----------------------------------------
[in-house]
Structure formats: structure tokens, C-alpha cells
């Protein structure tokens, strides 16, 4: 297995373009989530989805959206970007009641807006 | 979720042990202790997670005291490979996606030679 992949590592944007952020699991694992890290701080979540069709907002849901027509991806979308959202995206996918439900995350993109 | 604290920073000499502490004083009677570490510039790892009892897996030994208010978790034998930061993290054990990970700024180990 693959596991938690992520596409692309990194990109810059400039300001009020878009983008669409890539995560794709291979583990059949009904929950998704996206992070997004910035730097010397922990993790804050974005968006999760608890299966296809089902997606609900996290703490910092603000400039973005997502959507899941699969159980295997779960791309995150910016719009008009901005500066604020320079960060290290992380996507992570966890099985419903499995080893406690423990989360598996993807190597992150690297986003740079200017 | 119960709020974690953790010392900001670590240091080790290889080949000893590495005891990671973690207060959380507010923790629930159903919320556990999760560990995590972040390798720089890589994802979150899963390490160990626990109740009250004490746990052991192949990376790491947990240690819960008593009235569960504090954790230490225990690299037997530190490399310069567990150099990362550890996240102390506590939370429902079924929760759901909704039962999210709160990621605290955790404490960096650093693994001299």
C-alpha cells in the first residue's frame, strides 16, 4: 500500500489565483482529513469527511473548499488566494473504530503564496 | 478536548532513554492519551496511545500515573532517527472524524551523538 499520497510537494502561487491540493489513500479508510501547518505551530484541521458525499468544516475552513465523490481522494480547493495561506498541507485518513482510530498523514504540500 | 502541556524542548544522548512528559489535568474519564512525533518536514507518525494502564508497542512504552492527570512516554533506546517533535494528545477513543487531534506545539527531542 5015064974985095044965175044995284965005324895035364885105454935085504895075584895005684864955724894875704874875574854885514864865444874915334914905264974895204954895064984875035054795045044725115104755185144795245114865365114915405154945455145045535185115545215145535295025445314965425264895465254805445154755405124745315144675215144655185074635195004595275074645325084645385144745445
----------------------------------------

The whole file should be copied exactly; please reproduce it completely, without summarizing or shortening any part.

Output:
[in-house]
Structure formats: structure tokens, C-alpha cells
């Protein structure tokens, strides 16, 4: 297995373009989530989805959206970007009641807006 | 979720042990202790997670005291490979996606030679 992949590592944007952020699991694992890290701080979540069709907002849901027509991806979308959202995206996918439900995350993109 | 604290920073000499502490004083009677570490510039790892009892897996030994208010978790034998930061993290054990990970700024180990 693959596991938690992520596409692309990194990109810059400039300001009020878009983008669409890539995560794709291979583990059949009904929950998704996206992070997004910035730097010397922990993790804050974005968006999760608890299966296809089902997606609900996290703490910092603000400039973005997502959507899941699969159980295997779960791309995150910016719009008009901005500066604020320079960060290290992380996507992570966890099985419903499995080893406690423990989360598996993807190597992150690297986003740079200017 | 119960709020974690953790010392900001670590240091080790290889080949000893590495005891990671973690207060959380507010923790629930159903919320556990999760560990995590972040390798720089890589994802979150899963390490160990626990109740009250004490746990052991192949990376790491947990240690819960008593009235569960504090954790230490225990690299037997530190490399310069567990150099990362550890996240102390506590939370429902079924929760759901909704039962999210709160990621605290955790404490960096650093693994001299």
C-alpha cells in the first residue's frame, strides 16, 4: 500500500489565483482529513469527511473548499488566494473504530503564496 | 478536548532513554492519551496511545500515573532517527472524524551523538 499520497510537494502561487491540493489513500479508510501547518505551530484541521458525499468544516475552513465523490481522494480547493495561506498541507485518513482510530498523514504540500 | 502541556524542548544522548512528559489535568474519564512525533518536514507518525494502564508497542512504552492527570512516554533506546517533535494528545477513543487531534506545539527531542 5015064974985095044965175044995284965005324895035364885105454935085504895075584895005684864955724894875704874875574854885514864865444874915334914905264974895204954895064984875035054795045044725115104755185144795245114865365114915405154945455145045535185115545215145535295025445314965425264895465254805445154755405124745315144675215144655185074635195004595275074645325084645385144745445